embroidery

embroidery

Wednesday, January 16, 2019

Treasures from the Pyramids

Last Saturday we took a walk along Mérida's Montejo Boulevard.  The broad, tree-lined street dates back to the late 1800s when Mérida was enjoying an economic boom.  Most of the world´s supply of rope was made from the fibrous leaves of the sisal plant which was grown on the plantations of Yucatán.  The sisal millionaires built their grandiose mansions along Montejo Boulevard.

The grandest of all was the Palacio Cantón, built by General Francisco Cantón, who, in addition to being a military officer, was a plantation owner, a railroad magnate and the governor of the state of Yucatán.



In 1966 the mansion became the Regional Museum of Anthropology, and housed an extensive collection of Mayan artifacts.  In 2012 the "Gran Museo del Mundo Maya"  (Great Museum of the Mayan World) was built on the city´s far north side and replaced the Palacio Cantón as the Mérida's principal archaeological museum.  The Palacio Cantón remains a museum however, and hosts special exhibitions often dealing with the Mayas or the pre-Hispanic civilizations of Mexico in general.  

The current exhibit is called "Pyramids - Sacred Mountains", and deals with the importance of pyramids in the Mesoamerican civilization.  The Mexican pyramids were topped by temples where religious ceremonies and human sacrifices were performed.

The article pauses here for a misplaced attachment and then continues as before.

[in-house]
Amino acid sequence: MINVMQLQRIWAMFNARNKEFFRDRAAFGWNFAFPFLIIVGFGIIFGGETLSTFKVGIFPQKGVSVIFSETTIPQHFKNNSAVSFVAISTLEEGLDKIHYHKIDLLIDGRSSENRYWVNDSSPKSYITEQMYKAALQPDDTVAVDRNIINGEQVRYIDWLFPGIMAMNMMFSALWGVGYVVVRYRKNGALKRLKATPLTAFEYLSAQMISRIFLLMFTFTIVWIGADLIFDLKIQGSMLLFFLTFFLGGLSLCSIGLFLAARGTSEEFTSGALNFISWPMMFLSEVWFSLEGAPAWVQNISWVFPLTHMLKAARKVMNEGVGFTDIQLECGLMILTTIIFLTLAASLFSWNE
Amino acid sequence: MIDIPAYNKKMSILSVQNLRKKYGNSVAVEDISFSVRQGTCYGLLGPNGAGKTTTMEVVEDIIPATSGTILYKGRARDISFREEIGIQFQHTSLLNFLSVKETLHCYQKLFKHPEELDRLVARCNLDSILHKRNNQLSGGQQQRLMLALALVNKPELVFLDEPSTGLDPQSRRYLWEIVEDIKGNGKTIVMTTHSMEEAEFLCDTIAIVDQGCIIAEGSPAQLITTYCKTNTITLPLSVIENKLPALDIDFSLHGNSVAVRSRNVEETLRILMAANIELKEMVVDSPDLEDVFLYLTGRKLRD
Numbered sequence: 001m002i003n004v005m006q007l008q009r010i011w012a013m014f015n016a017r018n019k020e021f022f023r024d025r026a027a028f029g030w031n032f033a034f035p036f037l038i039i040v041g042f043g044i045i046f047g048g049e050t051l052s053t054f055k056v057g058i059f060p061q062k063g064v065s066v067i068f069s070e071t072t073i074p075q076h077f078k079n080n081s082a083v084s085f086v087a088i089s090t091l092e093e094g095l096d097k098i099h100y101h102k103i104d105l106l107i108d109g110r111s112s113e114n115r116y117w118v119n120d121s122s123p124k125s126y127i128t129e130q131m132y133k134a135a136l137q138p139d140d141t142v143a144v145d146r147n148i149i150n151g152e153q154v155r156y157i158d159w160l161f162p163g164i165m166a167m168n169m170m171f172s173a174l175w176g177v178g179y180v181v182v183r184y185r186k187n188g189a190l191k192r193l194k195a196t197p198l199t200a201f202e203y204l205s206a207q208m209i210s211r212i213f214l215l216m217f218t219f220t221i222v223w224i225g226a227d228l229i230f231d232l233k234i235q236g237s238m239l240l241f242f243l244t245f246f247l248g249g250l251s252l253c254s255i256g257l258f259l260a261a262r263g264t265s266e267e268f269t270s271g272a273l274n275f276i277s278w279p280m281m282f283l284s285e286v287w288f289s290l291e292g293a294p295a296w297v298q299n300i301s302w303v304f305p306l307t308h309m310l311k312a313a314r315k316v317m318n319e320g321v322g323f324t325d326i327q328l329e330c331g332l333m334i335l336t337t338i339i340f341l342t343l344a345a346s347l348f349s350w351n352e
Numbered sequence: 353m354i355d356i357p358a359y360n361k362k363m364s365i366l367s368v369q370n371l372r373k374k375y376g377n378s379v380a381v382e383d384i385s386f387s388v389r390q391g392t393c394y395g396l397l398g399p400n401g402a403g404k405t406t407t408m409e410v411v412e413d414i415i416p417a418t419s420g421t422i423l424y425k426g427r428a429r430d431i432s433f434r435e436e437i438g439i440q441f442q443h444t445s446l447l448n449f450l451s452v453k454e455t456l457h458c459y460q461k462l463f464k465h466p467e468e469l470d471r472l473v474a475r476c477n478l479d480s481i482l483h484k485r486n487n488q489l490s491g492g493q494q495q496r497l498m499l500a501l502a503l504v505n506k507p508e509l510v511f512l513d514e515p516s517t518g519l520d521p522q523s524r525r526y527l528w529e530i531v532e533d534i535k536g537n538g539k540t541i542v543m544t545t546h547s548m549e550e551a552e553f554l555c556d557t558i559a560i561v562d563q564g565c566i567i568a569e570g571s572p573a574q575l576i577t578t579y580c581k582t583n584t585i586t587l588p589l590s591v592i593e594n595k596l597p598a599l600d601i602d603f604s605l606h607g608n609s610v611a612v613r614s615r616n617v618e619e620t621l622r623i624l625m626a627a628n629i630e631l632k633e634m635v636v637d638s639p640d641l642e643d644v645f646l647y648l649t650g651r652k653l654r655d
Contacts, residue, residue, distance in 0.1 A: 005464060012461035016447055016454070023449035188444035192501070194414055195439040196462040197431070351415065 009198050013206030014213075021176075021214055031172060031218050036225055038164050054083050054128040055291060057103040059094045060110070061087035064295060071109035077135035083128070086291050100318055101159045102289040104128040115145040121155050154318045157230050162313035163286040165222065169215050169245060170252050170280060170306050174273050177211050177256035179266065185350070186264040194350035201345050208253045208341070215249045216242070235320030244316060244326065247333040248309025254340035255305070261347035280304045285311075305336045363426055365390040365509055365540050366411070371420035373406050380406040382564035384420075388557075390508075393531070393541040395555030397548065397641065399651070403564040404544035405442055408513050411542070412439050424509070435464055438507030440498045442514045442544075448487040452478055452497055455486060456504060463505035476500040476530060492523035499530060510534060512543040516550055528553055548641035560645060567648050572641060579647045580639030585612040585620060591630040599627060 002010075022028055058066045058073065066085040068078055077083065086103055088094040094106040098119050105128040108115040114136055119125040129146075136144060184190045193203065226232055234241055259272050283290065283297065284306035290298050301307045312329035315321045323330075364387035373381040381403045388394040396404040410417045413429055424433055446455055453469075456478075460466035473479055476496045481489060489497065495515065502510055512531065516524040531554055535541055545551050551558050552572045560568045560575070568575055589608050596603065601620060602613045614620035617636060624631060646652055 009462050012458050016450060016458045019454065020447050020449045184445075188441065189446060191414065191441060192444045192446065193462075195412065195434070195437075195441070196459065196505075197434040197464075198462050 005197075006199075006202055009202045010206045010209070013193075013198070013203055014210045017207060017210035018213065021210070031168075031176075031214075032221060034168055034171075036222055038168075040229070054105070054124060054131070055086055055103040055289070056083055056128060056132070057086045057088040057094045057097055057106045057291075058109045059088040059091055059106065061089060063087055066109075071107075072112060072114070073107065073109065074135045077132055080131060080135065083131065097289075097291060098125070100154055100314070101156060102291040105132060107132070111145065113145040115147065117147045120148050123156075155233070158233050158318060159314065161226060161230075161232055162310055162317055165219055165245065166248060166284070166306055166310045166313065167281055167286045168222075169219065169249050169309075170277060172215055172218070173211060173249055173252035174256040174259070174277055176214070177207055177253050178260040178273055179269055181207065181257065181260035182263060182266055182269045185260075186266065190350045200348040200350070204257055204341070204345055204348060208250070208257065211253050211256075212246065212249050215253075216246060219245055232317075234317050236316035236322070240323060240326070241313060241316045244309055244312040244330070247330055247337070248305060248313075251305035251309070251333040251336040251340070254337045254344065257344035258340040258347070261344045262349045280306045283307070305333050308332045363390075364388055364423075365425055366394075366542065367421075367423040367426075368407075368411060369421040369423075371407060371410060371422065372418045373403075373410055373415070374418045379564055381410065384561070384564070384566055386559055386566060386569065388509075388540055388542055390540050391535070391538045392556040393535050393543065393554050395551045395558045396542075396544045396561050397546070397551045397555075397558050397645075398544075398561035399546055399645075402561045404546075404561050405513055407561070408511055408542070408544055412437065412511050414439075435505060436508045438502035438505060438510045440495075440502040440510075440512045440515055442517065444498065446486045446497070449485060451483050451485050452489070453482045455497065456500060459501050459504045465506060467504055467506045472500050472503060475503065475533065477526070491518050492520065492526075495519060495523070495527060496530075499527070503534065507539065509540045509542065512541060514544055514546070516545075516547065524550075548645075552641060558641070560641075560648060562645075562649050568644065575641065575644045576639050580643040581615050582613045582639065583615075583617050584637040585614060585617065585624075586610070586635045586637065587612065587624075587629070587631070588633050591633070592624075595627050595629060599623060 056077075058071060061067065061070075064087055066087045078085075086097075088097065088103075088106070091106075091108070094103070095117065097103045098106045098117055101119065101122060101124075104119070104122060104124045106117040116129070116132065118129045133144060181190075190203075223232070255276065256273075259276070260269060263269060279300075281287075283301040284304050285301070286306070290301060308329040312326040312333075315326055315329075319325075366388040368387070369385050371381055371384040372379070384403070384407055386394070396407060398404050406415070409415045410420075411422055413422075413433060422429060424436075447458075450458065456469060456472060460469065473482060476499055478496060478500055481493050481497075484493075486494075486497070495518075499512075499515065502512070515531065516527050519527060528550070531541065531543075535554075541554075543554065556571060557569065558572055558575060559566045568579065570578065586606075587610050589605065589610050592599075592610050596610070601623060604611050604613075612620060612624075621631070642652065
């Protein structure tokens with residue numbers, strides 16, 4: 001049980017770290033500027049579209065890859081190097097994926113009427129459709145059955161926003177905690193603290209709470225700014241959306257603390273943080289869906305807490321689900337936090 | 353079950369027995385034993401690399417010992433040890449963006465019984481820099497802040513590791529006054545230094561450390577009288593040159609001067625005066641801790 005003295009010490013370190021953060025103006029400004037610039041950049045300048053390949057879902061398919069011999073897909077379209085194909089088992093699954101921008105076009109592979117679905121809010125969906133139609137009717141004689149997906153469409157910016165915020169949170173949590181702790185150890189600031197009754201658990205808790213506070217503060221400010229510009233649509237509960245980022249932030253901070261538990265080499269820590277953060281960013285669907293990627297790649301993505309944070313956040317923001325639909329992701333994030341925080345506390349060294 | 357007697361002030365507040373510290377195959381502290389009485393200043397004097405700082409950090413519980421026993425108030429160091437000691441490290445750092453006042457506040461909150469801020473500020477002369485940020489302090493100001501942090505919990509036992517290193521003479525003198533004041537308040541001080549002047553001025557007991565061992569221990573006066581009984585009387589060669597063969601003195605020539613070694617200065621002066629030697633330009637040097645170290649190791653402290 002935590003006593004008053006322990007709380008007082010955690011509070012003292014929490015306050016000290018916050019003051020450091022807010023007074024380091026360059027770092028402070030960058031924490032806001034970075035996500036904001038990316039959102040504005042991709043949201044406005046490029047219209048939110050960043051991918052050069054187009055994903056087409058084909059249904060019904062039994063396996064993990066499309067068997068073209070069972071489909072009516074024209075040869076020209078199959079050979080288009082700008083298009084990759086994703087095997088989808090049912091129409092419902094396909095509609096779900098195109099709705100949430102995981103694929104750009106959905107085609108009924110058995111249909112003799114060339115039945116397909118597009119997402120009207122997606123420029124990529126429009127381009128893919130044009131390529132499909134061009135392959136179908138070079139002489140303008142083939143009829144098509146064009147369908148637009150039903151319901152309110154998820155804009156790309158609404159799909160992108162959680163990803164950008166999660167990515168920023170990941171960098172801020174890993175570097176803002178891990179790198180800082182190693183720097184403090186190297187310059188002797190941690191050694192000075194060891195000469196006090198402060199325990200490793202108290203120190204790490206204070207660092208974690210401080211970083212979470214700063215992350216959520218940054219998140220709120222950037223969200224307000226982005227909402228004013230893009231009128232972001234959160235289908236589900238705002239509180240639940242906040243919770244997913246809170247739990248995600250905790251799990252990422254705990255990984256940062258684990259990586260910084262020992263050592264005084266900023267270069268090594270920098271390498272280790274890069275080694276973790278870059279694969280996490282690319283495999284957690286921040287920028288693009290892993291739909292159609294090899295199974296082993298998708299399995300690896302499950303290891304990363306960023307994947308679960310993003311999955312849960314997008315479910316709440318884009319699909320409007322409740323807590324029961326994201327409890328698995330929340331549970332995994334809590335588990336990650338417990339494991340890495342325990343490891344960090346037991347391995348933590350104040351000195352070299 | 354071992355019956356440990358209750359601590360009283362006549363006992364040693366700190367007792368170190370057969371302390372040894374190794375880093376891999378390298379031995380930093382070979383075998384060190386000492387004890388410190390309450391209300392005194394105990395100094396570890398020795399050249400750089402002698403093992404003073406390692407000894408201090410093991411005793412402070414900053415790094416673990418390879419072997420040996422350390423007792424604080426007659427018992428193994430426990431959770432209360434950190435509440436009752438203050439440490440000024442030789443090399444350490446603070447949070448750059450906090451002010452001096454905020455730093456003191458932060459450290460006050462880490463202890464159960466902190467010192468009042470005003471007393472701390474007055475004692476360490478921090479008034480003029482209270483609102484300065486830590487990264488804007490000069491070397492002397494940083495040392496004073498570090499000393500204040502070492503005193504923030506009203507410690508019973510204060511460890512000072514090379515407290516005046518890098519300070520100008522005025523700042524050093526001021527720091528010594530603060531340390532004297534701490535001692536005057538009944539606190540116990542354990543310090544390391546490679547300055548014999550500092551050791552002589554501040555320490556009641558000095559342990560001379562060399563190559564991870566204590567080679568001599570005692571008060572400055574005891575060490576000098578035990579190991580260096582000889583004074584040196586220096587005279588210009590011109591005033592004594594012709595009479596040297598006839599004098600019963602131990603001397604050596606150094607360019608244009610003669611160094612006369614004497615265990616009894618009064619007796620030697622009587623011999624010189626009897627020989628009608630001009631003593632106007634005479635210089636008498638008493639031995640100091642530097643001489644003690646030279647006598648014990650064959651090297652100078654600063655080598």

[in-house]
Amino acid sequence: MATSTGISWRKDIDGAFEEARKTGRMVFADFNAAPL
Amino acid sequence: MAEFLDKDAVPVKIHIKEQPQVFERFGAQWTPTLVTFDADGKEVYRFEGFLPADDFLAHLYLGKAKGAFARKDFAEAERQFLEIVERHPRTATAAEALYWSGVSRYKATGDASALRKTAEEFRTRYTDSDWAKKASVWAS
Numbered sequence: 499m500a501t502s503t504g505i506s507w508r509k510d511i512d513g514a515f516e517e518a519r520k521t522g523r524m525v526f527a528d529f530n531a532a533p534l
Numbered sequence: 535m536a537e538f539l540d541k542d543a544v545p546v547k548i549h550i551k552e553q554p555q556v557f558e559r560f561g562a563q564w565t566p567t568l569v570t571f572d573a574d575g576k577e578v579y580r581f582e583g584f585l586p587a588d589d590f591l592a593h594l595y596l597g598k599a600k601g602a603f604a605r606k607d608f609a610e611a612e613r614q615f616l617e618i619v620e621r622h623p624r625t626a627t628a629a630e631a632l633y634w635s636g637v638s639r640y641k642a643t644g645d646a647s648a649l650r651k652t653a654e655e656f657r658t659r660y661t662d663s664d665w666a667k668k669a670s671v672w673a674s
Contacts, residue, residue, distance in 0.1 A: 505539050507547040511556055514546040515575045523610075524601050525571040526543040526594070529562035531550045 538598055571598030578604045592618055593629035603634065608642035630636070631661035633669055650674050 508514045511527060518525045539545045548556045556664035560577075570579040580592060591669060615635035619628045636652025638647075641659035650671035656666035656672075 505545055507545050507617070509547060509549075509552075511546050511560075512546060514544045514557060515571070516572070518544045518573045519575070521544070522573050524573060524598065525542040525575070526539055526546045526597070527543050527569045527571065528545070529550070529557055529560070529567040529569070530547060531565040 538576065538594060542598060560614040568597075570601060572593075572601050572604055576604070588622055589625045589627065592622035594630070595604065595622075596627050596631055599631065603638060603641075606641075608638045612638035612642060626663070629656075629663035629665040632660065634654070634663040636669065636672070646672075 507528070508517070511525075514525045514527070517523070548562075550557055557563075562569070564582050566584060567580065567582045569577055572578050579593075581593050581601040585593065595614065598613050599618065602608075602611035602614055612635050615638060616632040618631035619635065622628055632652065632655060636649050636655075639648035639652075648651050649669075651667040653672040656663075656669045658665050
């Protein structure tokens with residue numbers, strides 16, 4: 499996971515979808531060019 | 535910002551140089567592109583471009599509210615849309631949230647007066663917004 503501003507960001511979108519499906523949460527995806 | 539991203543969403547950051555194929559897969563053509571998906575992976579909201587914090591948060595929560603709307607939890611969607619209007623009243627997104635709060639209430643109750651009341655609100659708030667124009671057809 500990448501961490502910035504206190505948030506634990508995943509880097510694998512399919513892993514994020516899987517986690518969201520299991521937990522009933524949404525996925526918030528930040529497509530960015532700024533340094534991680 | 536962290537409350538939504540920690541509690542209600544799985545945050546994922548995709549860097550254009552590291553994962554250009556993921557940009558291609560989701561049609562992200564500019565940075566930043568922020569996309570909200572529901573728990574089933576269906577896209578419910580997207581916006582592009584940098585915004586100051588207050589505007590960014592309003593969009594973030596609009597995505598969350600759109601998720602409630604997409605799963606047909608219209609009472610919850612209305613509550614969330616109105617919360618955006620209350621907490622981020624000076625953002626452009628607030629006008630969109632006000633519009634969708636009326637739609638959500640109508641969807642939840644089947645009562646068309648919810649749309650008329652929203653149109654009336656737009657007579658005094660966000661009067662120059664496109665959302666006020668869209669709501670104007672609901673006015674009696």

The exhibit includes photos, diagrams and models of Mexican pyramids and a wide variety of carvings and artifacts on loan from museums throughout the country.



A carving from a temple pyramid at the Mayan city of Palenque




This sculpture, commonly called the "Queen of Uxmal", is in fact a young man emerging from the jaws of a serpent.  It was on the façade of the Pyramid of the Magician at the Mayan city of Uxmal.



This statue of a standard bearer (the pole of a banner would have been placed through the hole) was found next to the temple entrance atop a pyramid at the Toltec capital of Tula.



This fragment of a mural painting from Teotihuacán portrays a pyramid.



A carving found at the base of a pyramid at the Zapotec capital of Monte Albán




Here Chuck (aka Chac) poses in front of a chac-mool.
A chac-mool is a reclining figure holding a bowl or plate over its stomach.  They were intermediaries of the gods, and offerings would be placed on the plate.
In fact, the name chac-mool has nothing to do with the Mayan rain god Chac, but that didn't stop us from teasing Chuck.

3 comments:

  1. Yes, we sure got a lot of mileage out of the Chuck/Chac joke. Chuck and I are still laughing about it often.

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